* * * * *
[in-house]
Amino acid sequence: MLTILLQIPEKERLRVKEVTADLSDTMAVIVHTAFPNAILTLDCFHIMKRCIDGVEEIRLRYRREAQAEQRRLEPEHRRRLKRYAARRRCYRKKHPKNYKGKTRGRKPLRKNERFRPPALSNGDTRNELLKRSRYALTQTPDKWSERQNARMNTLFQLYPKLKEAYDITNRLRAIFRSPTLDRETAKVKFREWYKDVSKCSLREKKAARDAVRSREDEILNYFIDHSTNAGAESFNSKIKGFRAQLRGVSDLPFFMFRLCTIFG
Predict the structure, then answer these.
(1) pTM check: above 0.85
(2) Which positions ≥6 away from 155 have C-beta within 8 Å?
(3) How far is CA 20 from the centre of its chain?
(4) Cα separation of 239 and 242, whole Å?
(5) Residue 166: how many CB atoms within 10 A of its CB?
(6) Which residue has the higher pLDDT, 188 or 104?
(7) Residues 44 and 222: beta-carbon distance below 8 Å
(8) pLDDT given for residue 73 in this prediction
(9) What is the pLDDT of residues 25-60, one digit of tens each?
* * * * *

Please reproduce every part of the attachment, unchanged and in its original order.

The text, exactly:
[in-house]
Amino acid sequence: MLTILLQIPEKERLRVKEVTADLSDTMAVIVHTAFPNAILTLDCFHIMKRCIDGVEEIRLRYRREAQAEQRRLEPEHRRRLKRYAARRRCYRKKHPKNYKGKTRGRKPLRKNERFRPPALSNGDTRNELLKRSRYALTQTPDKWSERQNARMNTLFQLYPKLKEAYDITNRLRAIFRSPTLDRETAKVKFREWYKDVSKCSLREKKAARDAVRSREDEILNYFIDHSTNAGAESFNSKIKGFRAQLRGVSDLPFFMFRLCTIFG
Predict the structure, then answer these.
(1) pTM check: above 0.85
(2) Which positions ≥6 away from 155 have C-beta within 8 Å?
(3) How far is CA 20 from the centre of its chain?
(4) Cα separation of 239 and 242, whole Å?
(5) Residue 166: how many CB atoms within 10 A of its CB?
(6) Which residue has the higher pLDDT, 188 or 104?
(7) Residues 44 and 222: beta-carbon distance below 8 Å
(8) pLDDT given for residue 73 in this prediction
(9) What is the pLDDT of residues 25-60, one digit of tens each?